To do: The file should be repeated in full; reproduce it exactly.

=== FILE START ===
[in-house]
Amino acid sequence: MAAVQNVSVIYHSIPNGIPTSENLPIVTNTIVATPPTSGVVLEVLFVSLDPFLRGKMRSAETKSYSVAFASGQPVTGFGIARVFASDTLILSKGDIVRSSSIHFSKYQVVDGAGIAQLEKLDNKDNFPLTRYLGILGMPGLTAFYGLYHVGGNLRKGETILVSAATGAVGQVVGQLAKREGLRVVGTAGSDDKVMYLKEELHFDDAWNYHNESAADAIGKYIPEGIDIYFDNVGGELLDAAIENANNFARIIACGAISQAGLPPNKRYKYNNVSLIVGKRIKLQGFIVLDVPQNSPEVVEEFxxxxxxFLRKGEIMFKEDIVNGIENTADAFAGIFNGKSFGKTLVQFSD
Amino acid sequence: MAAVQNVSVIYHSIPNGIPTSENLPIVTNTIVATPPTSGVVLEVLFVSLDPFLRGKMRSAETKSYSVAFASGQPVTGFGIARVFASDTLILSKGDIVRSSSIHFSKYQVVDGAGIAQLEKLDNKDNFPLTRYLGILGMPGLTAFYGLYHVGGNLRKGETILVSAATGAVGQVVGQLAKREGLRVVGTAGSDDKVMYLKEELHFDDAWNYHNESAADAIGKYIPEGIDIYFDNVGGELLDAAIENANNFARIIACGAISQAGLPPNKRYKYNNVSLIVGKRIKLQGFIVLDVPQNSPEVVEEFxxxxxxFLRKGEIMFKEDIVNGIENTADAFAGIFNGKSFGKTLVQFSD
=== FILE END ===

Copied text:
[in-house]
Amino acid sequence: MAAVQNVSVIYHSIPNGIPTSENLPIVTNTIVATPPTSGVVLEVLFVSLDPFLRGKMRSAETKSYSVAFASGQPVTGFGIARVFASDTLILSKGDIVRSSSIHFSKYQVVDGAGIAQLEKLDNKDNFPLTRYLGILGMPGLTAFYGLYHVGGNLRKGETILVSAATGAVGQVVGQLAKREGLRVVGTAGSDDKVMYLKEELHFDDAWNYHNESAADAIGKYIPEGIDIYFDNVGGELLDAAIENANNFARIIACGAISQAGLPPNKRYKYNNVSLIVGKRIKLQGFIVLDVPQNSPEVVEEFxxxxxxFLRKGEIMFKEDIVNGIENTADAFAGIFNGKSFGKTLVQFSD
Amino acid sequence: MAAVQNVSVIYHSIPNGIPTSENLPIVTNTIVATPPTSGVVLEVLFVSLDPFLRGKMRSAETKSYSVAFASGQPVTGFGIARVFASDTLILSKGDIVRSSSIHFSKYQVVDGAGIAQLEKLDNKDNFPLTRYLGILGMPGLTAFYGLYHVGGNLRKGETILVSAATGAVGQVVGQLAKREGLRVVGTAGSDDKVMYLKEELHFDDAWNYHNESAADAIGKYIPEGIDIYFDNVGGELLDAAIENANNFARIIACGAISQAGLPPNKRYKYNNVSLIVGKRIKLQGFIVLDVPQNSPEVVEEFxxxxxxFLRKGEIMFKEDIVNGIENTADAFAGIFNGKSFGKTLVQFSD